DO YOU PROTECT YOUR HOUSE FROM FOREST FIRES?
by Whit Gibbons
March 24, 2003
The following question from Alabama could reasonably be asked anywhere
in the country with a forested landscape.
My home site consists of a few acres of pine and oak that I attempt
to maintain in a natural and environmentally friendly manner. Trees
and wildlife are left alone. I have glorious woods, enjoy watching the
critters, and believe that I have a responsibility to keep this property,
as tiny as it is, as close to nature as possible. When trees, bushes,
and other plants die, I leave them where they fall, as would be the
case in an untended forest. Natural clutter is the consequence, and
the potential for a serious fire concerns me, should lightning trigger
such an event. Can you suggest an environmentally friendly way of eliminating
or reducing this problem?
I like your leave-nature-alone attitude, but have no easy answer for
how to deal with the buildup of forest debris. I asked Dr. Ken McLeod,
a botanist at the University of Georgia's Savannah River Ecology Laboratory
who is familiar with southeastern forestry management for some recommendations.
He says, "You may defend your woods and house from fire in many
ways, depending on numerous variables. First, lightning fires are a
rare but potential problem for anyone. What generally happens is that
lightning strikes a tree (the highest point in the landscape), runs
down the tree and jumps to something else as it approaches the ground.
That other object may be another tree, a shrub, or your house, which
may catch fire directly from the lightning strike. To reduce this particular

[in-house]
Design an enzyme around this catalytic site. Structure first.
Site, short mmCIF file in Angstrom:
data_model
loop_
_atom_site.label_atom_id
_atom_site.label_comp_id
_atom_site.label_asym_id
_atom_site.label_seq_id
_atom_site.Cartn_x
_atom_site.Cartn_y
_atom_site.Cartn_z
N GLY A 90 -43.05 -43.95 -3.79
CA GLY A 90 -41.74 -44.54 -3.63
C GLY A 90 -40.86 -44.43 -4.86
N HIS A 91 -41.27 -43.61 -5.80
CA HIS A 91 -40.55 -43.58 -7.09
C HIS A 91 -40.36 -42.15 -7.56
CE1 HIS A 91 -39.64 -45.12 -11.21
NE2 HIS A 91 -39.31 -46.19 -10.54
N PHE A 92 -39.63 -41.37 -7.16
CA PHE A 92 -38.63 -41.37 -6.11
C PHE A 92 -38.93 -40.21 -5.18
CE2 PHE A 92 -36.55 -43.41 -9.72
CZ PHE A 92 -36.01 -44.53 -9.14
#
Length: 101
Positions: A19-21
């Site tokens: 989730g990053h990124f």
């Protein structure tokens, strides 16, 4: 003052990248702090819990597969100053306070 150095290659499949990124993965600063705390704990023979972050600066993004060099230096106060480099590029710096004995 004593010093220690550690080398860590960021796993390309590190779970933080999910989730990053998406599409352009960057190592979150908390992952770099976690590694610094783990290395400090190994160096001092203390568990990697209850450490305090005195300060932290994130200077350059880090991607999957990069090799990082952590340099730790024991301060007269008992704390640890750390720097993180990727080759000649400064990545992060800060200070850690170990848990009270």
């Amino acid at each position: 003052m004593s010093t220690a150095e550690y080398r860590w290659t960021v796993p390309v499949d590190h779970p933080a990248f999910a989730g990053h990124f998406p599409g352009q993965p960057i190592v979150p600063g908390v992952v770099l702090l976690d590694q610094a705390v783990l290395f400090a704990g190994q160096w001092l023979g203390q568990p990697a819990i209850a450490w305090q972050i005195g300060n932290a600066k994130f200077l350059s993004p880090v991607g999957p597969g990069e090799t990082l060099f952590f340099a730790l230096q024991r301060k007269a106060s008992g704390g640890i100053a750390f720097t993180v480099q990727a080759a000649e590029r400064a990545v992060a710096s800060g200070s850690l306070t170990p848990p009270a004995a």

hazard, you could remove tall trees that are close to your house, although
considering your wildlife interests, you may find leaving them an acceptable
most effective action to reduce the flammable materials on the forest
floor of your property is by controlled burning. Fire was very likely
a natural feature of the landscape where you live, so you could simulate
nature and periodically burn the forest floor, reducing the fuel for
unintentional fires. This is not as horrible as you are probably imagining.
Controlled burns are conducted in the winter, every five years or so,
at a time when the forest floor is fairly damp. Following the fire you
would still have a layer of organic matter (maybe half of what you started
with). A controlled burn can be tricky and is best conducted by a professional
forester who can assess environmental factors such as the humidity and
wind characteristics, as well as how much fuel is present. A low intensity
fire will be necessary to avoid damage to hardwoods, whereas pines are
more tolerant of fire, due to greater bark thickness. Another way to
reduce flammability is physical removal of some dead material on the
dramatic ways to protect a house from forest fires include not using
highly flammable materials on the exterior. Brick with fiberglass/asphalt
shingles is much less flammable than a wood-sided, wood-shingled house.
Unfortunately, the latter style is more attractive on a forested lot.
You can also minimize potentially flammable plantings immediately around
the house's foundation, and keep those you have well watered. Or you
can use plantings that require little water (Xeriscaping) and use a
nonflammable mulch, such as gravel. In the fire at Los Alamos, New Mexico,
several years ago, houses that were heavily landscaped caught fire and
burned, while those with little or no landscaping did not. The difference
was whether something flammable was immediately next to the house.
firebreaks at strategic points can also be effective. A safe firebreak
is a bare zone about 10 feet wide, such as a road or disked area, with
minimal flammable material. A firebreak helps keep a ground fire from
spreading. If your property is part of a larger forest, a firebreak
might not protect you from a crown fire in which the tree canopy is
burning. Crown fires are rare but spectacular, as we have seen recently
in the western United States.
you may have gathered, protecting your property from fire has no simple
answer. Fortunately, the fire risk from natural sources is pretty low."
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